Clasby and her husband Brandon, who lived in Colorado, rushed Brooklyn to the emergency room where they were shocked to learn she was in heart failure. Brooklyn was diagnosed with pulmonary hypertension (PH), or high blood pressure in the lungs. PH is a chronic condition that occurs when the muscle in the wall of the blood vessels and arteries in the lungs thickens and cannot properly expand to receive blood coming from the heart. This causes resistance to the heart, which then works harder to pump the blue blood in need of oxygenation into the lungs. Over time, the strain on the heart can cause it to fail.

“Our world was turned upside down,” Clasby said. “It’s incredibly hard to hear that your daughter has an incurable, lifelong disease that will progressively get worse. It changed the way we lived and gave us a new appreciation for life.”

Read full post »

Seattle Children’s Sets GUINNESS WORLD RECORDS™ Title for DNA Experiment at Groundbreaking for New Research Building

Students from Sunrise Elementary in Puyallup, Washington participate in the GUINNESS WORLD RECORDS attempt for most people conducting a DNA isolation experiment simultaneously.

Seattle Children’s Research Institute succeeded in a GUINNESS WORLD RECORDS attempt for the most people conducting a DNA isolation experiment simultaneously. The record was set to celebrate the groundbreaking for Seattle Children’s newest pediatric research facility, Building Cure, which will be located in Seattle’s South Lake Union biotech corridor at 1920 Terry Ave. It is scheduled to open in 2019.

The GUINNESS WORLD RECORDS title was set by more than 300 people at the building’s future location. Several hundred volunteer participants isolated the DNA of a strawberry simultaneously, including elementary school students from Sunrise Elementary in Puyallup, Washington. Read full post »

Priscilla Lives by a Simple Motto and Doesn’t Let Cerebral Palsy Slow Her Down

Priscilla, 7, has always been encouraged to try new things. Although she was diagnosed with cerebral palsy at 1 years old, she hasn’t let it slow her down. She lives by the motto: The sky is the limit.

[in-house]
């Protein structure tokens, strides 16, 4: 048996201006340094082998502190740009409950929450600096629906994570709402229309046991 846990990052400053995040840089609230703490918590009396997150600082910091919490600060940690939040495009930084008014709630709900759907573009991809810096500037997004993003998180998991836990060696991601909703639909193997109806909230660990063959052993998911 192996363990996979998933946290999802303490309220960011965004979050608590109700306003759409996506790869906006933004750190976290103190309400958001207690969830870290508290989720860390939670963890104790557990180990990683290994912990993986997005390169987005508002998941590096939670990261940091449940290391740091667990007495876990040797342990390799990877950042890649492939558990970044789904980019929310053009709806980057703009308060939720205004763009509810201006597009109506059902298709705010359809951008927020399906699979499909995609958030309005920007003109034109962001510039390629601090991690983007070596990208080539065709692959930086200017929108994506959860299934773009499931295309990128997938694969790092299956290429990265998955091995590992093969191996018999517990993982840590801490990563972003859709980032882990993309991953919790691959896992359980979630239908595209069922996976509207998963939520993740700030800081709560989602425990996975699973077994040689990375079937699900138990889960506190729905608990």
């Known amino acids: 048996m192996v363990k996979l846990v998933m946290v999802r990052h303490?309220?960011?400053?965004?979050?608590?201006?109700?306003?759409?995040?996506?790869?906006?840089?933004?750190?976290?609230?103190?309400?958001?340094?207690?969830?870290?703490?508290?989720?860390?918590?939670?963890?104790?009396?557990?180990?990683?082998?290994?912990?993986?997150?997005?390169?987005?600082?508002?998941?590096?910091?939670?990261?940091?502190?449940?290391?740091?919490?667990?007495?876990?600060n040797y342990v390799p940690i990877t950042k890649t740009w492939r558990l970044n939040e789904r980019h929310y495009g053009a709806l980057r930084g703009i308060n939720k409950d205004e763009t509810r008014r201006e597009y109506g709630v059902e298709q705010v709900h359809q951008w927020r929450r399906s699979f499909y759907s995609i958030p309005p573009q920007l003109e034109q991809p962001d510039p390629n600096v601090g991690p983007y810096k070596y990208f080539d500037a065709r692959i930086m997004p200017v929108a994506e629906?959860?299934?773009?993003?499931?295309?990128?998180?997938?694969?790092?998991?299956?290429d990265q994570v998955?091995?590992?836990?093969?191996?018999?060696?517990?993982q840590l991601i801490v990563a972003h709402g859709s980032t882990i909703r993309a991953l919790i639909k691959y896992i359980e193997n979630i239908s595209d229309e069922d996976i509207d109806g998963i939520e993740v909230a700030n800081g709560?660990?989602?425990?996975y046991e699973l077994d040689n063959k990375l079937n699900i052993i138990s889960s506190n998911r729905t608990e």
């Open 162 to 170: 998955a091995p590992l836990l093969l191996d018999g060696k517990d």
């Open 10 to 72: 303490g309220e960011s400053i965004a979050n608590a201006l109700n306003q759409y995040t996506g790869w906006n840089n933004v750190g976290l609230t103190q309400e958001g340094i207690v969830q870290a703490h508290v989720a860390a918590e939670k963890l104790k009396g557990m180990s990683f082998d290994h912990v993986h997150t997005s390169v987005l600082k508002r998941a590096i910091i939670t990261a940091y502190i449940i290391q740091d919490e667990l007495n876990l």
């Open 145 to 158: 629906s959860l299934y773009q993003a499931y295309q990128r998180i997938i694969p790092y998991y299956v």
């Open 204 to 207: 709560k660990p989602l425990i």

Throughout 7-year-old Priscilla Campos’ life, she’s been empowered by her parents to try new things. Her mother, Shannon Cruz, says their family lives by a simple motto: The sky is the limit.

It’s a lesson Priscilla has taken to heart. She’s always believed she could do anything, and she’s proven she can.

“She reaches for the sky,” said Ruben Campos, Priscilla’s father. “There are no limitations. I always tell her she can do anything, and then she does. She’s incredible.” Read full post »

Ciara Helps Pamper Patients at Seattle Children’s

Lynch posed for a photo with Ciara after getting a makeover. Photo credit: Corky Trewin

Today, patients at Seattle Children’s were pampered thanks to Ciara, who along with her glam squad, surprised children at the hospital with complimentary makeovers.

“Every time I visit Seattle Children’s, I see how strong these children are who are going through such difficult battles,” said Ciara. “I wanted to help make them feel as strong and beautiful as they are to me, and to let them know I’m thinking about them. I often hear that I inspire these kids, but they’re really the ones that inspire me. They are the real superheroes of today.”

Ciara, who often visits Seattle Children’s with her husband, Seahawk’s quarterback Russell Wilson, wanted to organize an event to help make kids at the hospital feel beautiful – both inside and out. And so, for the day, Seattle Children’s was transformed into a beauty salon for “Ciara’s Makeover Monday by Revlon.” Read full post »

How a Genetic Discovery Could Explain Parker’s Mysterious Medical Case

The right side of Parker Walsh’s body and brain are bigger than the left. Doctors at Seattle Children’s Research Institute are studying a genetic mutation that could point to a cause for his condition.

When Parker Walsh flashes his toothy smile, he can get everyone around him grinning as well. That smile has pulled Parker, 21, and his family through a lot of tough times.

Parker was born with a host of medical issues that have impacted his development—a craniofacial abnormality, gastrointestinal issues, neurological delays and speech difficulty. Doctors could not pinpoint a specific cause for his conditions, and offered the best treatments available based on their diagnoses.

Now, doctors at Seattle Children’s Research Institute studying a gene that controls cellular growth have provided clues for what might have contributed to some of Parker’s medical issues, and the information could lead to improved diagnosis and therapies for babies and kids that share Parker’s experience. Read full post »

Doctor Suggests Social Media Detox in the New Year

The New Year is a time to look forward and consider making changes to improve health, wellness and overall happiness. Typical resolutions revolve around being more physically active, eating better, spending quality time with loved ones and breaking bad habits. Dr. Megan Moreno, adolescent medicine specialist and a researcher at Seattle Children’s Research Institute, offers an idea that can help parents and teens free up time to focus on those resolutions or can be a worthy resolution of its own – a social media detox.

“A social media detox is a period of time in which a person steps away from using social media and reflects on the positives and negatives of being connected via social networks,” said Moreno. “Changing up your family’s social media use in the New Year can benefit you in many ways, from freeing up time for making healthy lifestyle changes, to improving your outlook on life.” Read full post »